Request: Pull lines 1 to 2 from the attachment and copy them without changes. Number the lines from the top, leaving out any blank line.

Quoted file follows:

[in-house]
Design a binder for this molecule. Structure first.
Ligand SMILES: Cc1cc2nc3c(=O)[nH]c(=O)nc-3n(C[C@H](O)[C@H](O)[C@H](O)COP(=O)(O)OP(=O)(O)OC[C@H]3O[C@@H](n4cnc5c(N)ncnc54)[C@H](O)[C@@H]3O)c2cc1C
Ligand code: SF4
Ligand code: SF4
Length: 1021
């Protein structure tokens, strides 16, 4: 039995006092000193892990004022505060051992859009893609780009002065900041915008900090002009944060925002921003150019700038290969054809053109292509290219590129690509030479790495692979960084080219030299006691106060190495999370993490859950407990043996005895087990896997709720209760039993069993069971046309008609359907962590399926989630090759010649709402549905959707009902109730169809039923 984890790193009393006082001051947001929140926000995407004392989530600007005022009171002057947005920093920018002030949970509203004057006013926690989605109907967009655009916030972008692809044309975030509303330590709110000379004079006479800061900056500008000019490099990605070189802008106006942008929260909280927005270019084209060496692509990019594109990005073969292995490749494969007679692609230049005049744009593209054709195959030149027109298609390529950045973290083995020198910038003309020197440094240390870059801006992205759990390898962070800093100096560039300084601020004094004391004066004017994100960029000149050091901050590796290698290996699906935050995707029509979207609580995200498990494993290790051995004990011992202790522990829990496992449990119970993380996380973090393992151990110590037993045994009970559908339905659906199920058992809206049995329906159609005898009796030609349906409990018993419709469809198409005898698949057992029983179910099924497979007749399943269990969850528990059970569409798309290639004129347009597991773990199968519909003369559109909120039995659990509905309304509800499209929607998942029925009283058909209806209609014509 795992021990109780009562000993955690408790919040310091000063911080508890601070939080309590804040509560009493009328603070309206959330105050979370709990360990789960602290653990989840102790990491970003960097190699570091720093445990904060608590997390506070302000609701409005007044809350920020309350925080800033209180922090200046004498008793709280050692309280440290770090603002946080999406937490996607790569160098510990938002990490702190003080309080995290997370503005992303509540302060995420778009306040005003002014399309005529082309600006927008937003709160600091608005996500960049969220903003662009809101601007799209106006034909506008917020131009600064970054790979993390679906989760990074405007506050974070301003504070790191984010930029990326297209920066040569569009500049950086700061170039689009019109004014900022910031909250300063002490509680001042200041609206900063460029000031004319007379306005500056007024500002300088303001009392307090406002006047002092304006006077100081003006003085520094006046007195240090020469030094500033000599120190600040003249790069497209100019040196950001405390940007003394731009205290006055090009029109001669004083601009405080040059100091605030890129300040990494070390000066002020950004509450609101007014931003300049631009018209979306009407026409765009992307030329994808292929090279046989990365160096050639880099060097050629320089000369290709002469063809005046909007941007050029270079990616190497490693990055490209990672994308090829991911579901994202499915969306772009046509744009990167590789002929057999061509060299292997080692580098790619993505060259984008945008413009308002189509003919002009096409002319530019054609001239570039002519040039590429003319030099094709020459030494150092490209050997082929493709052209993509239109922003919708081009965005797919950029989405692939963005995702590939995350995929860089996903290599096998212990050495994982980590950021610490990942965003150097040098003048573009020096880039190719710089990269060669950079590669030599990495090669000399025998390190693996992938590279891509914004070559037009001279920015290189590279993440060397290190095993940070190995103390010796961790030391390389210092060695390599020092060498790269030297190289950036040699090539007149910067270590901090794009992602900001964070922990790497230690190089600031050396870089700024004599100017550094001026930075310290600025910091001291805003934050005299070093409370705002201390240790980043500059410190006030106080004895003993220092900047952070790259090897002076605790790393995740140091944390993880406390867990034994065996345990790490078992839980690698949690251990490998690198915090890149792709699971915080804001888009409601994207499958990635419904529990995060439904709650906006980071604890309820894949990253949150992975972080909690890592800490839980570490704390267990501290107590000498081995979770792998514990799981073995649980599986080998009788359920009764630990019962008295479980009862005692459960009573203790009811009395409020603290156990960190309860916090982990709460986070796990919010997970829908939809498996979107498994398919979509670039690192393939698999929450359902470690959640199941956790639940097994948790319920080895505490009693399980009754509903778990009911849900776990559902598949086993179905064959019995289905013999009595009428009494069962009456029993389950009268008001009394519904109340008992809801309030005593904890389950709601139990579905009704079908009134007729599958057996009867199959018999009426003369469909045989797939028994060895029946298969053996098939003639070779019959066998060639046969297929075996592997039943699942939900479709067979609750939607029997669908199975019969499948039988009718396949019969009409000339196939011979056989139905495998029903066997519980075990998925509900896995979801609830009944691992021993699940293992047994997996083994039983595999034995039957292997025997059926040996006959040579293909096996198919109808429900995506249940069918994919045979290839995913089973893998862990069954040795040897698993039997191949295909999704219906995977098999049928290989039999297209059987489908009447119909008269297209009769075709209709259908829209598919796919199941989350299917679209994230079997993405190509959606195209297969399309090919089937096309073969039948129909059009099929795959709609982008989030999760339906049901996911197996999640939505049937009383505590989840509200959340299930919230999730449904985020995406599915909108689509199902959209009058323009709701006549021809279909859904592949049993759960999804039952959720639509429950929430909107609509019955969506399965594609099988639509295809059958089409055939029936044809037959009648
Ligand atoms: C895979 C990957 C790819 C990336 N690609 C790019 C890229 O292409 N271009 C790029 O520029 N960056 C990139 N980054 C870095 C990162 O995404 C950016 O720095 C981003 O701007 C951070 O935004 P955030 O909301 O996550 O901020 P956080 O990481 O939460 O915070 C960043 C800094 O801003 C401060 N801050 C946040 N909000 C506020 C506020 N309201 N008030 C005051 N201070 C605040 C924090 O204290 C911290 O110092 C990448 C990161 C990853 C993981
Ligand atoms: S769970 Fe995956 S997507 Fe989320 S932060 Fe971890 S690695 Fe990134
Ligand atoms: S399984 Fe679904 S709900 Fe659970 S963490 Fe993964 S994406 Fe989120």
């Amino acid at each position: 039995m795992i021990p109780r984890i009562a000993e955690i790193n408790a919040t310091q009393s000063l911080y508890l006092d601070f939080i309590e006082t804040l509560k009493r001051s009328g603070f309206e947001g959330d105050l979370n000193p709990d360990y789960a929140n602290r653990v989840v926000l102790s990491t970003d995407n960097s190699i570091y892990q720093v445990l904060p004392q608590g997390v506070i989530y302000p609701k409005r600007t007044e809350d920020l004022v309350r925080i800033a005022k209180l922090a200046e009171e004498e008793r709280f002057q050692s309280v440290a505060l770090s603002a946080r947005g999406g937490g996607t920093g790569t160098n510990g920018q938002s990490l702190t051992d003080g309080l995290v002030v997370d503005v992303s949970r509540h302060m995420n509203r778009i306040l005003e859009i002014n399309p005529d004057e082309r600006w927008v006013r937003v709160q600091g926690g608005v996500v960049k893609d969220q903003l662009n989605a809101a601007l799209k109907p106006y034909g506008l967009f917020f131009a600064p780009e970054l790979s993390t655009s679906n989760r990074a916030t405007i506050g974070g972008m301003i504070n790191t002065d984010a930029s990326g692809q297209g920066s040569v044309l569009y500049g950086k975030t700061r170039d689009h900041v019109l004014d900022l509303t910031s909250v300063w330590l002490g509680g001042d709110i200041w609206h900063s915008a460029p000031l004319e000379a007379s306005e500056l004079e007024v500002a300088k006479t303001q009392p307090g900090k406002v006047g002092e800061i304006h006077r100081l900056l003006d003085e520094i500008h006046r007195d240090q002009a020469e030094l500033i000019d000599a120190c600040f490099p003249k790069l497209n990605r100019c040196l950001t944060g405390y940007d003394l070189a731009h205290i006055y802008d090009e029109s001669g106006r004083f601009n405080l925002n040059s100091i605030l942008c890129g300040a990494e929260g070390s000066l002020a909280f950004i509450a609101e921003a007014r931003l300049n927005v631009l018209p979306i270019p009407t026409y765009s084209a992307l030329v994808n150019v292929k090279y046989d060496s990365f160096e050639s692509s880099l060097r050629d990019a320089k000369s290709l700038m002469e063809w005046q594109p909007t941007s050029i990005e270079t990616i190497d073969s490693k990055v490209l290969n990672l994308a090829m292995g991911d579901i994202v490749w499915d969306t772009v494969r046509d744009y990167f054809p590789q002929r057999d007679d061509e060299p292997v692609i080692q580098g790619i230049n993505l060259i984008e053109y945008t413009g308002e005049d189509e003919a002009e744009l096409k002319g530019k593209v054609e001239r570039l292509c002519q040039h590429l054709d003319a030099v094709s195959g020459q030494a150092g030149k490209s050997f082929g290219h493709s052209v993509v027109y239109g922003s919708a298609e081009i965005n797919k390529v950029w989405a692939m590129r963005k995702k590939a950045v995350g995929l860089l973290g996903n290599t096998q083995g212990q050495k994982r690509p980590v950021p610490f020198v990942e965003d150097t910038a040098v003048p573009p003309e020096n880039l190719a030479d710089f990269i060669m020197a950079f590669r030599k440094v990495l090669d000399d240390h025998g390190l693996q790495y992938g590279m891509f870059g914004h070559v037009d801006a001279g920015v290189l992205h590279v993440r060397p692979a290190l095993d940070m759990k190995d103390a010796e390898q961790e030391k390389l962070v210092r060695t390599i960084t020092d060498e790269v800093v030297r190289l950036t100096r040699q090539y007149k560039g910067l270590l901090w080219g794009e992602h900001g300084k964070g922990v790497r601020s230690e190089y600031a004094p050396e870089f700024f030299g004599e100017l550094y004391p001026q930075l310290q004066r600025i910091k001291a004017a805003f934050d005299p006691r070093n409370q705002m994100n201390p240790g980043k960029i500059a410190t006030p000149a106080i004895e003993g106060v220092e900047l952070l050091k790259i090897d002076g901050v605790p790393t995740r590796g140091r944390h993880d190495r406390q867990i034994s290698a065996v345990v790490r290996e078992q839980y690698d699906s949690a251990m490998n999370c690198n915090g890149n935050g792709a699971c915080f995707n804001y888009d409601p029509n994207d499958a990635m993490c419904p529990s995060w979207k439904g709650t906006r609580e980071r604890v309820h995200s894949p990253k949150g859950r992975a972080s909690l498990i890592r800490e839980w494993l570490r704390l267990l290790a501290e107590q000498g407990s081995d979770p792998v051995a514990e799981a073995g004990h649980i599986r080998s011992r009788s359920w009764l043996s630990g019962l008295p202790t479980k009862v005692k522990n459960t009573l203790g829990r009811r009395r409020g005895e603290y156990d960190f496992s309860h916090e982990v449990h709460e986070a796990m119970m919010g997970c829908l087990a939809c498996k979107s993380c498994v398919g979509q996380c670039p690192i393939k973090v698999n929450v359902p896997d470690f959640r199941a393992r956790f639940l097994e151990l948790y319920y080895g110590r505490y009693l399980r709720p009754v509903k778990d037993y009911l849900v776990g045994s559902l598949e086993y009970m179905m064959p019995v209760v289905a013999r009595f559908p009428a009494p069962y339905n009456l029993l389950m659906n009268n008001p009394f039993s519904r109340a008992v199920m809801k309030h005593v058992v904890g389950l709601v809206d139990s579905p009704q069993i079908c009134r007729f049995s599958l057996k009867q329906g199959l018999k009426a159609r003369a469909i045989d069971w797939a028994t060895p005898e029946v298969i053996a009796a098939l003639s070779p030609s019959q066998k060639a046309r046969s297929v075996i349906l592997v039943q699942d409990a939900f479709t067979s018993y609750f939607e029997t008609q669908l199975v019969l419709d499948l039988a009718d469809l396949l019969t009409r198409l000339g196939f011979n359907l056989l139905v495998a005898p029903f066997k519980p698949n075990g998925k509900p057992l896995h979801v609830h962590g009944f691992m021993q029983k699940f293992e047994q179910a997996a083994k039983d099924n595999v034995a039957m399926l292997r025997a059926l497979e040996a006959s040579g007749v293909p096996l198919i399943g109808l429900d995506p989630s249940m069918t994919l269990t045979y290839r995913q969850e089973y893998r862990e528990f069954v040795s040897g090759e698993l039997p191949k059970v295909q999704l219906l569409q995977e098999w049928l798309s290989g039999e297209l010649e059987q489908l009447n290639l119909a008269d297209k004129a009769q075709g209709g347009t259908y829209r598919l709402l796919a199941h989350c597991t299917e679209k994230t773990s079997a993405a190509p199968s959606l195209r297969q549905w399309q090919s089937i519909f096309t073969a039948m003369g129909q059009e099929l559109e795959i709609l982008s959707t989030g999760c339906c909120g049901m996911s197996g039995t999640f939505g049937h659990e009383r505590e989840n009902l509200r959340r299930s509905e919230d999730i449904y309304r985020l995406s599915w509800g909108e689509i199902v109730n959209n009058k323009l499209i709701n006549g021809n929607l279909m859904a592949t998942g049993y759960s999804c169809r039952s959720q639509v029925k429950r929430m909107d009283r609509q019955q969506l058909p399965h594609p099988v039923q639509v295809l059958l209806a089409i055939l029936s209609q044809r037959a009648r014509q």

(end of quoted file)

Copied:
[in-house]
Design a binder for this molecule. Structure first.